Sicario looks great but there’s not much going on

FILM by Jorge Ignacio Castillo

Opens Sept. 25
2 out of 5

Praised at Cannes and the Toronto International Film Festival, Sicario looks poised to rack up statues during awards season, as the wonderfully shot action sequences (courtesy of reliable cinematographer Roger Deakins) will bring in the crowds.

Who cares? This critic says Denis Villeneuve’s latest feature is kind of moldy.

Emily Blunt is Kate, who’s recruited by a taskforce that’s targeting a particularly nasty Mexican drug lord. But there’s something amiss about this special operation — and chief among the worries is the presence of Alejandro (Benicio del Toro), a mysterious figure who’s waaay too competent with weapons to be a mere consultant.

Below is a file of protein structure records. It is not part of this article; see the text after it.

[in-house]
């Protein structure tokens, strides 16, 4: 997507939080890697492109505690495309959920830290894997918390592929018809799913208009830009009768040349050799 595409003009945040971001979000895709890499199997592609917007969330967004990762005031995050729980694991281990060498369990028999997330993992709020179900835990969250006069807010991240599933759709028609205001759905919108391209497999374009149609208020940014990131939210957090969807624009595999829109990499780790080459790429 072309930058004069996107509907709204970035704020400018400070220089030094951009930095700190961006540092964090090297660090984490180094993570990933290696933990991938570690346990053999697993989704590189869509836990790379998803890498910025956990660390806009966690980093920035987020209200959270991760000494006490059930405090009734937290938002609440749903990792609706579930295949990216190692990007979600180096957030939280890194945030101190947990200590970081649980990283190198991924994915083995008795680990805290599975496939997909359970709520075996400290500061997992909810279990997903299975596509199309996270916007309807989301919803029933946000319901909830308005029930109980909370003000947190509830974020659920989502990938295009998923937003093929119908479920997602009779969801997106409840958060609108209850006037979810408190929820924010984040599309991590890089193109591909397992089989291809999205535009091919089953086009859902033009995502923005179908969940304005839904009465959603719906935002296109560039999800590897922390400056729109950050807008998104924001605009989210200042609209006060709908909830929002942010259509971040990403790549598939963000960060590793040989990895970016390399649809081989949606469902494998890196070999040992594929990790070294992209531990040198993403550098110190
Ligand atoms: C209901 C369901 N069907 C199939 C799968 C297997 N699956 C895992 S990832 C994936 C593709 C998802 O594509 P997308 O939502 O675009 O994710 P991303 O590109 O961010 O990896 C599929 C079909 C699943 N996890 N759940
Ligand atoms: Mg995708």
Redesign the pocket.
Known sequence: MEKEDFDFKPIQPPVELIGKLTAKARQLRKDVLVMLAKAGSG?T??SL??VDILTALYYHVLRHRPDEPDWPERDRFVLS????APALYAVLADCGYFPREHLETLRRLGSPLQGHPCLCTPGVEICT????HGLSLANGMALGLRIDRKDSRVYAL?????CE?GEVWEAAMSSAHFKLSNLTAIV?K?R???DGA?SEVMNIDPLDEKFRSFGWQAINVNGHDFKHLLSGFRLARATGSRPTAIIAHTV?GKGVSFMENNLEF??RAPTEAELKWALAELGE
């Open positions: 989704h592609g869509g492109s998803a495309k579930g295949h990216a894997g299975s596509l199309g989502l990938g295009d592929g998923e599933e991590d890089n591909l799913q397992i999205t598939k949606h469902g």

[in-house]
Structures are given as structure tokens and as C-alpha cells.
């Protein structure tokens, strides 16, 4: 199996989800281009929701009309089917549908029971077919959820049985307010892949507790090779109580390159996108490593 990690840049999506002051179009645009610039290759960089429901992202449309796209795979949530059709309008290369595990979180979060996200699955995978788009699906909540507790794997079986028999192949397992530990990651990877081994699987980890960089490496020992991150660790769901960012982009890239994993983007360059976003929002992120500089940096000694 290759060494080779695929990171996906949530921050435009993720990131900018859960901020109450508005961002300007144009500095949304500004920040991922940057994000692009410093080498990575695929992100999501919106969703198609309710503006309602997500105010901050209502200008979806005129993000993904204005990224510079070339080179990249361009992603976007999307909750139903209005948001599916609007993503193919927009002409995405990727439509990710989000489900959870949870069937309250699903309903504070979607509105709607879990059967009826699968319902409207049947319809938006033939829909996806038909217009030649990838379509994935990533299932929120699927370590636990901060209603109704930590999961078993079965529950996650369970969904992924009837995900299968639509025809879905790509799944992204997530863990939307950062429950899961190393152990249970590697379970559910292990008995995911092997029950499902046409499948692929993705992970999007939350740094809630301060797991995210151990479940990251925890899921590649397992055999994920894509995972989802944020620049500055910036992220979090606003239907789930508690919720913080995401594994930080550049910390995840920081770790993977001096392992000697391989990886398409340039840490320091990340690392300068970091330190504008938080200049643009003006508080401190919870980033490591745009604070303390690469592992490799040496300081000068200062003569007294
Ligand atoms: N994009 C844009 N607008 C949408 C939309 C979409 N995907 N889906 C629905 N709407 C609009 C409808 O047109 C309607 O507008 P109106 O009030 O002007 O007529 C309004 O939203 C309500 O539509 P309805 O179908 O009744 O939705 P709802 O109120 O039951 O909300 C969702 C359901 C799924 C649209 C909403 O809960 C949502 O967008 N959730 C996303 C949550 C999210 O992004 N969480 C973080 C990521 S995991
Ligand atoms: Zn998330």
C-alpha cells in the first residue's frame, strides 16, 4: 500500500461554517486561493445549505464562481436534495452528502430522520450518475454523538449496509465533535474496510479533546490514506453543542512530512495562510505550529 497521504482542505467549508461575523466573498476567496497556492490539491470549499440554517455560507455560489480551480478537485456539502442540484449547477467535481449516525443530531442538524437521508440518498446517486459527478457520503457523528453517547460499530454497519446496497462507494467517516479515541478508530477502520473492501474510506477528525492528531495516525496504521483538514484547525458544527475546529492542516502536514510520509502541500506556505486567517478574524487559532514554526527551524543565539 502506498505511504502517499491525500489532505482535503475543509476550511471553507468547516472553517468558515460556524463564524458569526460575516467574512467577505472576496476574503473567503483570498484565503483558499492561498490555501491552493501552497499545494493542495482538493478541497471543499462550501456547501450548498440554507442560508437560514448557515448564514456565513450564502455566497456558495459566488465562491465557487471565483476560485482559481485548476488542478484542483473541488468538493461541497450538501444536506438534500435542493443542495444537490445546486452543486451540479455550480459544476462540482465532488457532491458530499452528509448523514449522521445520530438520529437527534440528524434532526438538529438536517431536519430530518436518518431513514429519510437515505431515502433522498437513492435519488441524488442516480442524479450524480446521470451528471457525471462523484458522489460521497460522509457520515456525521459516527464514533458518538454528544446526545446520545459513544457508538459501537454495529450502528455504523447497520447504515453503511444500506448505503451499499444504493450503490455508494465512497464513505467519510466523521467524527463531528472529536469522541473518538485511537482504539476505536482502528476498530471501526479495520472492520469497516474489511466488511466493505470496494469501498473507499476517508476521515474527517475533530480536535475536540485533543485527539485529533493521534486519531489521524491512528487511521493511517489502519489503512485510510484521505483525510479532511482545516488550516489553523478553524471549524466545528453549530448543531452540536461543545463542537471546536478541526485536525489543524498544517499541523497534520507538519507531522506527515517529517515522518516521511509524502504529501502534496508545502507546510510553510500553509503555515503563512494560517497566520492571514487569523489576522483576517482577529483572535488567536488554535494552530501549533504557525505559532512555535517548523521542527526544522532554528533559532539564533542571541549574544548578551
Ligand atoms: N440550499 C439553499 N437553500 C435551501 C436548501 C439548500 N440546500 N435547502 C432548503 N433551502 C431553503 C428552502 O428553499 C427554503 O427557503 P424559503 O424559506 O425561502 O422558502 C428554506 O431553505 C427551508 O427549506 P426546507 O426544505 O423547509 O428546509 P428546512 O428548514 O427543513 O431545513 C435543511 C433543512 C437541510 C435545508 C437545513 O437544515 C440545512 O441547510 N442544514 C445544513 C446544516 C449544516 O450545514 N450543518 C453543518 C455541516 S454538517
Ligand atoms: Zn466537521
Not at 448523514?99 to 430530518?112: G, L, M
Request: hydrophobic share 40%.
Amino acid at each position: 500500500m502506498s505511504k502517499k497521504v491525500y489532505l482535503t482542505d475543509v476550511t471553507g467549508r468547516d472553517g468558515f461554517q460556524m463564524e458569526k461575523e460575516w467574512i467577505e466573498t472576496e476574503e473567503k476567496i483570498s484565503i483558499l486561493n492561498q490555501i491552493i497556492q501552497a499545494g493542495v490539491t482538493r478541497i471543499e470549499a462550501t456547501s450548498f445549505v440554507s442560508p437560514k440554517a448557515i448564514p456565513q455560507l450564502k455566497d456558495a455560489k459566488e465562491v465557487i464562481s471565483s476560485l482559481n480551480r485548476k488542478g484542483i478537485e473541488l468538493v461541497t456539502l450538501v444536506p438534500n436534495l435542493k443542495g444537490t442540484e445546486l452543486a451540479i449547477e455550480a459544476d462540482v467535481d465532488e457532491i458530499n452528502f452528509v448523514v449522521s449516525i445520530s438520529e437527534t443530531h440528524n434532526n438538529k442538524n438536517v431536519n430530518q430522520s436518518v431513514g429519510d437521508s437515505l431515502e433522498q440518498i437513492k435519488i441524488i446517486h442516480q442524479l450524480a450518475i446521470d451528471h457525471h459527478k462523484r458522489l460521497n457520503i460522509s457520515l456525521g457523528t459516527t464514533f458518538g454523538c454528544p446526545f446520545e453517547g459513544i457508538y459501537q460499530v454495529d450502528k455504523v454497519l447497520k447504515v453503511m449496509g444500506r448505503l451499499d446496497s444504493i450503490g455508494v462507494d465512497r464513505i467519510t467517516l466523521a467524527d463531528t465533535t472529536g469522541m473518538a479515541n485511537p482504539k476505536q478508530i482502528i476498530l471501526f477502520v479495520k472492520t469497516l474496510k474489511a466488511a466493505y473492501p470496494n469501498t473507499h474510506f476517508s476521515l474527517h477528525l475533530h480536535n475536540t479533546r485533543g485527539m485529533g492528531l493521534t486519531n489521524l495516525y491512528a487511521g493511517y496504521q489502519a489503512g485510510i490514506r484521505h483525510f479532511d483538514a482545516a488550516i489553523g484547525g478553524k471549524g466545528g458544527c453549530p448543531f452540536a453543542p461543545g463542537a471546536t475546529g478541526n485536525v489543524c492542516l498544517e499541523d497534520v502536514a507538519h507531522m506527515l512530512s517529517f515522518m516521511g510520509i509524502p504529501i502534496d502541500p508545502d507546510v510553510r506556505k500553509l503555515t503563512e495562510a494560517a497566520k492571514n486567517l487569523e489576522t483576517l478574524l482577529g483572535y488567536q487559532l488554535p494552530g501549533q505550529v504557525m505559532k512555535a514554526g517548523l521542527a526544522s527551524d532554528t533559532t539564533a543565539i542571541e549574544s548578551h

The group’s increasingly irregular actions indicate ulterior motives: perhaps the task force’s ultimate goal isn’t to win the war on drugs? Mayyybe it’s to make the drug trade more manageable by collaborating with a single kingpin?

Sicario’s crimes are brutal and the responses are morally questionable — there’s little room for light in this world. But the film just doesn’t have anything interesting or new to say. We all know the war on drugs is expensive yet futile, and that Mexican drug lords keep entire cities living in fear. Yeah, we can guess that desperate, unsanctioned stings take place.

At least Sicario’s craftsmanship is remarkable. Villeneuve knows how to do gritty and how to amp up the tension. And Del Toro and Josh Brolin are strong collaborators who elevate the material.

It’s almost enough to trick us into believing this is more than glorified leftovers. Almost.